Following the Dayton mass shooting in August, state representative Candice Keller (R-Middletown) took to Facebook to complain about perceived hypocrisy from liberals regarding gun violence in the U.S.
She blamed mass shootings on transgender individuals, homosexual marriage, drag queen advocates, fatherlessness, violent video games, marijuana, failed school policies, disrespect toward police (which she attributed to President Barack Obama), hatred of veterans (which she attributed to former football player Colin Kaepernick), Democratic representatives, secular culture, certain state lawmakers and snowflakes (not the wintery ones).
Not once in her tangent did she condemn lax gun laws, which are the actual cause of mass shootings in the U.S.
Ohio Republican Party Chairwoman Jane Timken, among other Republicans and elected officials, called on Keller to resign. She hasn’t.
Since she blamed the deaths of nine people (the number who were killed in the shooting) on my right to marry a man, I would like to respond.
One day when I was 15, I was flipping through the TV and stumbled upon channel 11 – “the Christian channel.” The station was airing a “documentary” in which the narrator blamed the 9/11 terrorist attacks on the U.S.’ acceptance of gay individuals.
In 2001, no gay person had a right to marry in the U.S., so the narrator wasn’t referring to gay marriage but rather to the growing cultural consensus that “gay was okay.”
At the age of 15, about the time I realized I was gay, I was told through the media that I was responsible for the deaths of nearly 3,000 Americans.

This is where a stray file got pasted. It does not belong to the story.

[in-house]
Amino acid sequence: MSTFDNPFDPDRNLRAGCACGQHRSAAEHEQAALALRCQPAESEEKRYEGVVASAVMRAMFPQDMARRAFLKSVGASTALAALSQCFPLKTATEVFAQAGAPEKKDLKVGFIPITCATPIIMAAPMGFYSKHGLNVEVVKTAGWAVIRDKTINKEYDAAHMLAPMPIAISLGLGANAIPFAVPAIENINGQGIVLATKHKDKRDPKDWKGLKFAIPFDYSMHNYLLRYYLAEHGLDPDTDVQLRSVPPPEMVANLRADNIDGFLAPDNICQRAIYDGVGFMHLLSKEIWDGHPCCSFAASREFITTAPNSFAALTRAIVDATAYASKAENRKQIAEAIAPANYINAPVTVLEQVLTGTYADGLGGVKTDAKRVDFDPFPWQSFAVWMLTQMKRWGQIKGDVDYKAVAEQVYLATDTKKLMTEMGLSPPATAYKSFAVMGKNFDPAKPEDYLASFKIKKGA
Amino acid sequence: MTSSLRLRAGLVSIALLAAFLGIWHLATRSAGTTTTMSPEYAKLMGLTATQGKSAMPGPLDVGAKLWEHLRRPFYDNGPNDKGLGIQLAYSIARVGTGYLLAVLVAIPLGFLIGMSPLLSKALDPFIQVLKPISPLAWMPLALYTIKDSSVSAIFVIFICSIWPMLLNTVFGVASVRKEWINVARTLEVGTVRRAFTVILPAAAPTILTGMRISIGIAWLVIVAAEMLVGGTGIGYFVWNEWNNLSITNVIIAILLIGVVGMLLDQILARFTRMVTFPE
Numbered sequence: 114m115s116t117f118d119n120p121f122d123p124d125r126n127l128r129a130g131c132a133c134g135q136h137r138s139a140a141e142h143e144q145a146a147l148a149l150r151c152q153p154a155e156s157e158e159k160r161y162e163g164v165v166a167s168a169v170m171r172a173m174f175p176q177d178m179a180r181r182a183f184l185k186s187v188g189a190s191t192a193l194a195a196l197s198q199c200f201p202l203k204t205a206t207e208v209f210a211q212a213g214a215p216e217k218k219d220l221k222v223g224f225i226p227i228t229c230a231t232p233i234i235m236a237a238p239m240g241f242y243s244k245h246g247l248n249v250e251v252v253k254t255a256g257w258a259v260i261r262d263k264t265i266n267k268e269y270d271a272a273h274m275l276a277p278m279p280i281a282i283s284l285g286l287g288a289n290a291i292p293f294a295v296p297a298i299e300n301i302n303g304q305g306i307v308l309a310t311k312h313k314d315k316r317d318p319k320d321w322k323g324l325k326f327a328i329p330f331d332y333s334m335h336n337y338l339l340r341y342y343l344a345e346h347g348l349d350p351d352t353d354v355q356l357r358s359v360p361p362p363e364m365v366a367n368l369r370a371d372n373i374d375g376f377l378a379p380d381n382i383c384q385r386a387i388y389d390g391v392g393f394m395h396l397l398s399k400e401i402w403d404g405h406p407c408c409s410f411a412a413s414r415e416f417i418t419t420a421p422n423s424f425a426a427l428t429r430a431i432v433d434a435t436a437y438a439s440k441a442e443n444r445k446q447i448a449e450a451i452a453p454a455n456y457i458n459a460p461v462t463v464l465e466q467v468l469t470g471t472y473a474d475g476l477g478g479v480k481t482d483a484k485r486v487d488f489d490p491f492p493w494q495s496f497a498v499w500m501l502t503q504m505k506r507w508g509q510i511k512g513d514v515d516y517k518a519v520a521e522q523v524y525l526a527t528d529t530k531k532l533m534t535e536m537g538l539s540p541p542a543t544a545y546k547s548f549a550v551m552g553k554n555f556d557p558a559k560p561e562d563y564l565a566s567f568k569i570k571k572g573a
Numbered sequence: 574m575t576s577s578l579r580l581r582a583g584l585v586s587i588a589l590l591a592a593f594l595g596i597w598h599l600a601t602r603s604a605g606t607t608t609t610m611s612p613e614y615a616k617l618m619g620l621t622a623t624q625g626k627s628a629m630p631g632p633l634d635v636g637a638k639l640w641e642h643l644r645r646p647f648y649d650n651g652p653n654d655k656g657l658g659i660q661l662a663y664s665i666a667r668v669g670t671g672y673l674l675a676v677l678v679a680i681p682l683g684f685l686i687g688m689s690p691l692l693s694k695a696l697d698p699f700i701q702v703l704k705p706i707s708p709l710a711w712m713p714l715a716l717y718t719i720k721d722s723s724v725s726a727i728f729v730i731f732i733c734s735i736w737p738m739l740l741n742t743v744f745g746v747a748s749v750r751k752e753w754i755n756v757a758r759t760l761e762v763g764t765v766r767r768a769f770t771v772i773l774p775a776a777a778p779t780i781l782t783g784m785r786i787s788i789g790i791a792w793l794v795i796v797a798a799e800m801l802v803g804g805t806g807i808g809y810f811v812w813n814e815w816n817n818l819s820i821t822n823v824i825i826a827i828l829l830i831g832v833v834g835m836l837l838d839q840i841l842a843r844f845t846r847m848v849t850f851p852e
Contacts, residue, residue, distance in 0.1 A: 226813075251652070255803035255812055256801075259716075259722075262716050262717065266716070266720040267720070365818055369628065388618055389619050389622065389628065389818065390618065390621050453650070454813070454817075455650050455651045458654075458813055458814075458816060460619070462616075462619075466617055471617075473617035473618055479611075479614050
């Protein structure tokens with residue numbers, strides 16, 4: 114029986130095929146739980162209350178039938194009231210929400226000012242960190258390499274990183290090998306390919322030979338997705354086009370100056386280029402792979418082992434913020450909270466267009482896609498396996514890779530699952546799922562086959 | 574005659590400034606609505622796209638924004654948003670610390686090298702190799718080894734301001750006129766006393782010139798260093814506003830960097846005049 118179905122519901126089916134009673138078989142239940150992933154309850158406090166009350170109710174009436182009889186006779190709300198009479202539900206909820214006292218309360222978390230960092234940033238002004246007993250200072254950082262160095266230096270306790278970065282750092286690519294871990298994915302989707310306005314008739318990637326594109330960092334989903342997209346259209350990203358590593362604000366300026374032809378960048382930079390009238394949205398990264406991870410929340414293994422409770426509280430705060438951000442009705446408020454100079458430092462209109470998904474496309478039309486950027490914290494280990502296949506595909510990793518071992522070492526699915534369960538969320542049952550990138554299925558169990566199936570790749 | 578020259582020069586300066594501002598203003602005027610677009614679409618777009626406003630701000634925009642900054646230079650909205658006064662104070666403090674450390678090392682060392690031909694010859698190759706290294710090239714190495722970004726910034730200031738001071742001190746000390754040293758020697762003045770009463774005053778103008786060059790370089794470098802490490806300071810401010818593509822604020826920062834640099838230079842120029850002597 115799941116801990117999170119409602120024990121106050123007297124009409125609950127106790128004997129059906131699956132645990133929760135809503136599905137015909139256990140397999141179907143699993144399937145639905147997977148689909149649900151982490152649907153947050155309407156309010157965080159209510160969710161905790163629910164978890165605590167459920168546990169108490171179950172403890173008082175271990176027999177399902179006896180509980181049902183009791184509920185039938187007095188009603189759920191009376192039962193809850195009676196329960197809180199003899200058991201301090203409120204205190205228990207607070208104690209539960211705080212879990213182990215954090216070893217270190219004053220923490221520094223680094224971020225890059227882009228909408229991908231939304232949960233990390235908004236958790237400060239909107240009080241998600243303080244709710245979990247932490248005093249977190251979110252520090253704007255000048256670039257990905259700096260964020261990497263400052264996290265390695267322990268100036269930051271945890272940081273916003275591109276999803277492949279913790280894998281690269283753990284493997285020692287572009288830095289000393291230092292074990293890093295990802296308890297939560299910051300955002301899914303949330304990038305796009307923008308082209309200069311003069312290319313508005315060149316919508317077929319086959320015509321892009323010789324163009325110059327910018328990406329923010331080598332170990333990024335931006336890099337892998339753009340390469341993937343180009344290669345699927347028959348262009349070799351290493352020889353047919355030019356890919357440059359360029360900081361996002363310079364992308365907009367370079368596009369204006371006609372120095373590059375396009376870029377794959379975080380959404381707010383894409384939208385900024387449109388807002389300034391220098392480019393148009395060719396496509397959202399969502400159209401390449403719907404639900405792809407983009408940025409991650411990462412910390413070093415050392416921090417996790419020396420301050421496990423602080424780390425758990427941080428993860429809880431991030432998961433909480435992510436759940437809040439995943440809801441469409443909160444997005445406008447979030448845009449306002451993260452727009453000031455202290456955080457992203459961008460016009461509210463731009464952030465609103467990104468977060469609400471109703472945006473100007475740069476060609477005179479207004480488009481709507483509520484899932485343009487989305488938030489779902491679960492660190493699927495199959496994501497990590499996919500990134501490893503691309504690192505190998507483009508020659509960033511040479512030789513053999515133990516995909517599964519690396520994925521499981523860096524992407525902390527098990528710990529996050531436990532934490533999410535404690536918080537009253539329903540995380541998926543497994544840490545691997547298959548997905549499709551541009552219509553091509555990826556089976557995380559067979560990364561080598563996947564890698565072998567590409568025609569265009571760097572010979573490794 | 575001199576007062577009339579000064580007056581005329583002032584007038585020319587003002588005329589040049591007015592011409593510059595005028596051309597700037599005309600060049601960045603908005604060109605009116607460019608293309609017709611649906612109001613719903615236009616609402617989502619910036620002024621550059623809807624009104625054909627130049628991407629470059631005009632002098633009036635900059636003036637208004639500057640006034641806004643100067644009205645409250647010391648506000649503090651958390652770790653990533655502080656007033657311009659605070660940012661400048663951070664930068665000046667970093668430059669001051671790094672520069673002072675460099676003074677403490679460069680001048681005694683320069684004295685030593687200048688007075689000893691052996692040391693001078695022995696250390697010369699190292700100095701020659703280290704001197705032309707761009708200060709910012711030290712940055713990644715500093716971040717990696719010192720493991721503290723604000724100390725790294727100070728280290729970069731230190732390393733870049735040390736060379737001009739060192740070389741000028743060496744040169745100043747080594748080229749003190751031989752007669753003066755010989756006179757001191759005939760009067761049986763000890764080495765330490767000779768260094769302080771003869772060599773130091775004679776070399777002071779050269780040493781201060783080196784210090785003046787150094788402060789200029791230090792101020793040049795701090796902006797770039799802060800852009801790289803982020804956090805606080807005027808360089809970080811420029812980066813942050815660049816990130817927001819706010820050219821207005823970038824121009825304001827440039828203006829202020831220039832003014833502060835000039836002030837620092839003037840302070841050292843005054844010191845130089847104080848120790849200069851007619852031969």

While I can vividly recall the documentary, it didn’t truly have an adverse impact on me nor did Keller’s post. I’m used to it.
In fact, what truly bothered me about Keller’s post was its stunning lack of leadership. Her words were insensitive and divisive. She intended to excite certain people and get a rise out of others.
The state representative should have taken a cue from another Republican – Ohio Gov. Mike DeWine.
While speaking at a vigil for victims of Dayton’s mass shooting, DeWine was drowned out by attendees yelling at him to “do something.”
Following the vigil, he didn’t chastise the attendees. He did something. Specifically, he proposed instituting red flag laws, expanding background checks for gun sales and increasing penalties for crimes related to gun violence.
Notably absent from his plan was a move to ban gay marriage, drag queen advocates, violent video games, etc.
Keller will likely work with the governor to enact some of his proposals, and she therefore has an opportunity to actually reduce gun violence in the state. I wish her luck.